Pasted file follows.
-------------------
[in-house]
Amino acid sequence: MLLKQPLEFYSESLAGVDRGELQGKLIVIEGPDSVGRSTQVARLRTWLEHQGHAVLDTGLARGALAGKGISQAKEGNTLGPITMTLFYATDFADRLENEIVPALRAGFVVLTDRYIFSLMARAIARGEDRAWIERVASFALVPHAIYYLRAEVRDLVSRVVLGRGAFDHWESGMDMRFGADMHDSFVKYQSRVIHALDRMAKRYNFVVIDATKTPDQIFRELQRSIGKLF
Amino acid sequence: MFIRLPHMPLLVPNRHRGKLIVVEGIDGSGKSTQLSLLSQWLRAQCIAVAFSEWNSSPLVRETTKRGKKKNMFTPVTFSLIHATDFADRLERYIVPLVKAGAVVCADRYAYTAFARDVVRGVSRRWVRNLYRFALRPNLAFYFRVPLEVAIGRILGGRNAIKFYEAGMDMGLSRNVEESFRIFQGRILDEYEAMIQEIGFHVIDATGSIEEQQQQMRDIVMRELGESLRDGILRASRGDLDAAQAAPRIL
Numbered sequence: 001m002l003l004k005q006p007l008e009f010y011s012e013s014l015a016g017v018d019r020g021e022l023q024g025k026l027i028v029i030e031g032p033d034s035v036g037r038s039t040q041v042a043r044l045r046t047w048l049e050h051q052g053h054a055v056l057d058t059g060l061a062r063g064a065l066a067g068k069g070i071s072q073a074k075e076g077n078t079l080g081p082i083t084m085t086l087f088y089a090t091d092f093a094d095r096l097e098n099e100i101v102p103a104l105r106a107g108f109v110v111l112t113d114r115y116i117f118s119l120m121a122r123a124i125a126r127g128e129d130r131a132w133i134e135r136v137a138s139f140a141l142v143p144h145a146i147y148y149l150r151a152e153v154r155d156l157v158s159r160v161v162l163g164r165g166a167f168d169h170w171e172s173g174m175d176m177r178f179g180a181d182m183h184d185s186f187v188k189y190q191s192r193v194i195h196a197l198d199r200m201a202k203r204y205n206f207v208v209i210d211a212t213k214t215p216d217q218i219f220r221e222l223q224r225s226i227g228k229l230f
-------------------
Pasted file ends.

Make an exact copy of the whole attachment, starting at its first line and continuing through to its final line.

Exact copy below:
[in-house]
Amino acid sequence: MLLKQPLEFYSESLAGVDRGELQGKLIVIEGPDSVGRSTQVARLRTWLEHQGHAVLDTGLARGALAGKGISQAKEGNTLGPITMTLFYATDFADRLENEIVPALRAGFVVLTDRYIFSLMARAIARGEDRAWIERVASFALVPHAIYYLRAEVRDLVSRVVLGRGAFDHWESGMDMRFGADMHDSFVKYQSRVIHALDRMAKRYNFVVIDATKTPDQIFRELQRSIGKLF
Amino acid sequence: MFIRLPHMPLLVPNRHRGKLIVVEGIDGSGKSTQLSLLSQWLRAQCIAVAFSEWNSSPLVRETTKRGKKKNMFTPVTFSLIHATDFADRLERYIVPLVKAGAVVCADRYAYTAFARDVVRGVSRRWVRNLYRFALRPNLAFYFRVPLEVAIGRILGGRNAIKFYEAGMDMGLSRNVEESFRIFQGRILDEYEAMIQEIGFHVIDATGSIEEQQQQMRDIVMRELGESLRDGILRASRGDLDAAQAAPRIL
Numbered sequence: 001m002l003l004k005q006p007l008e009f010y011s012e013s014l015a016g017v018d019r020g021e022l023q024g025k026l027i028v029i030e031g032p033d034s035v036g037r038s039t040q041v042a043r044l045r046t047w048l049e050h051q052g053h054a055v056l057d058t059g060l061a062r063g064a065l066a067g068k069g070i071s072q073a074k075e076g077n078t079l080g081p082i083t084m085t086l087f088y089a090t091d092f093a094d095r096l097e098n099e100i101v102p103a104l105r106a107g108f109v110v111l112t113d114r115y116i117f118s119l120m121a122r123a124i125a126r127g128e129d130r131a132w133i134e135r136v137a138s139f140a141l142v143p144h145a146i147y148y149l150r151a152e153v154r155d156l157v158s159r160v161v162l163g164r165g166a167f168d169h170w171e172s173g174m175d176m177r178f179g180a181d182m183h184d185s186f187v188k189y190q191s192r193v194i195h196a197l198d199r200m201a202k203r204y205n206f207v208v209i210d211a212t213k214t215p216d217q218i219f220r221e222l223q224r225s226i227g228k229l230f